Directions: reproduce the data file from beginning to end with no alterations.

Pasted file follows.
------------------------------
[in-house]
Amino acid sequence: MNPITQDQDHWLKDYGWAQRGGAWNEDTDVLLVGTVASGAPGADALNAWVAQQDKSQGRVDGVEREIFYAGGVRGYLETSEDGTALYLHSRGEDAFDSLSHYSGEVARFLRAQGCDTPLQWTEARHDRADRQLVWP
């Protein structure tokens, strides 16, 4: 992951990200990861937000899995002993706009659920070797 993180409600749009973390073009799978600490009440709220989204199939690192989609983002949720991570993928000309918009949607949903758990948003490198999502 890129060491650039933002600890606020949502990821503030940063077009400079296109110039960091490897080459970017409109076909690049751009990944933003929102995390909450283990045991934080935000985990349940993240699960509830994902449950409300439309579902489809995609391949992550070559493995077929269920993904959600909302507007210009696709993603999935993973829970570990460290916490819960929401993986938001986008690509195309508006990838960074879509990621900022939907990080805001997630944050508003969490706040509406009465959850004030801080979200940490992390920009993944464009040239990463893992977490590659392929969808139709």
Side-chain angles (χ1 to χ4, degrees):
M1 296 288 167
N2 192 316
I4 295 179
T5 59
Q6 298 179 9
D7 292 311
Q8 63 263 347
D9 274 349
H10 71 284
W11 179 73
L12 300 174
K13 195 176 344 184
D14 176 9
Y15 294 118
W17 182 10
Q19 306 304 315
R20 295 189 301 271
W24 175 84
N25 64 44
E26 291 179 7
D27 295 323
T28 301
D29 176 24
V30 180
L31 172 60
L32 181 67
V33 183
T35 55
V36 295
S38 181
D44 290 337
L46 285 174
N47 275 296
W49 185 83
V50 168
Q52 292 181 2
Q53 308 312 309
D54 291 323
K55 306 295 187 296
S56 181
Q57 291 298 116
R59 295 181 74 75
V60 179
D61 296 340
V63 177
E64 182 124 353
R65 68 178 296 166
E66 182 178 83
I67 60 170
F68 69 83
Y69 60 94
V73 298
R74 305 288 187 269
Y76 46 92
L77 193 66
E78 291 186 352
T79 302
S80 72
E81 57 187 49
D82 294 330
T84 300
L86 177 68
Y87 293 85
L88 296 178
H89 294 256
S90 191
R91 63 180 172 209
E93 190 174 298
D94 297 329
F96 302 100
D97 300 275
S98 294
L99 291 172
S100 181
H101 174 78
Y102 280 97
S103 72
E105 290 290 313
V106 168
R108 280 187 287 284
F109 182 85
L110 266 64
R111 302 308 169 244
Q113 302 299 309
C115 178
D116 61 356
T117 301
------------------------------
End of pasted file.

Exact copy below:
[in-house]
Amino acid sequence: MNPITQDQDHWLKDYGWAQRGGAWNEDTDVLLVGTVASGAPGADALNAWVAQQDKSQGRVDGVEREIFYAGGVRGYLETSEDGTALYLHSRGEDAFDSLSHYSGEVARFLRAQGCDTPLQWTEARHDRADRQLVWP
């Protein structure tokens, strides 16, 4: 992951990200990861937000899995002993706009659920070797 993180409600749009973390073009799978600490009440709220989204199939690192989609983002949720991570993928000309918009949607949903758990948003490198999502 890129060491650039933002600890606020949502990821503030940063077009400079296109110039960091490897080459970017409109076909690049751009990944933003929102995390909450283990045991934080935000985990349940993240699960509830994902449950409300439309579902489809995609391949992550070559493995077929269920993904959600909302507007210009696709993603999935993973829970570990460290916490819960929401993986938001986008690509195309508006990838960074879509990621900022939907990080805001997630944050508003969490706040509406009465959850004030801080979200940490992390920009993944464009040239990463893992977490590659392929969808139709």
Side-chain angles (χ1 to χ4, degrees):
M1 296 288 167
N2 192 316
I4 295 179
T5 59
Q6 298 179 9
D7 292 311
Q8 63 263 347
D9 274 349
H10 71 284
W11 179 73
L12 300 174
K13 195 176 344 184
D14 176 9
Y15 294 118
W17 182 10
Q19 306 304 315
R20 295 189 301 271
W24 175 84
N25 64 44
E26 291 179 7
D27 295 323
T28 301
D29 176 24
V30 180
L31 172 60
L32 181 67
V33 183
T35 55
V36 295
S38 181
D44 290 337
L46 285 174
N47 275 296
W49 185 83
V50 168
Q52 292 181 2
Q53 308 312 309
D54 291 323
K55 306 295 187 296
S56 181
Q57 291 298 116
R59 295 181 74 75
V60 179
D61 296 340
V63 177
E64 182 124 353
R65 68 178 296 166
E66 182 178 83
I67 60 170
F68 69 83
Y69 60 94
V73 298
R74 305 288 187 269
Y76 46 92
L77 193 66
E78 291 186 352
T79 302
S80 72
E81 57 187 49
D82 294 330
T84 300
L86 177 68
Y87 293 85
L88 296 178
H89 294 256
S90 191
R91 63 180 172 209
E93 190 174 298
D94 297 329
F96 302 100
D97 300 275
S98 294
L99 291 172
S100 181
H101 174 78
Y102 280 97
S103 72
E105 290 290 313
V106 168
R108 280 187 287 284
F109 182 85
L110 266 64
R111 302 308 169 244
Q113 302 299 309
C115 178
D116 61 356
T117 301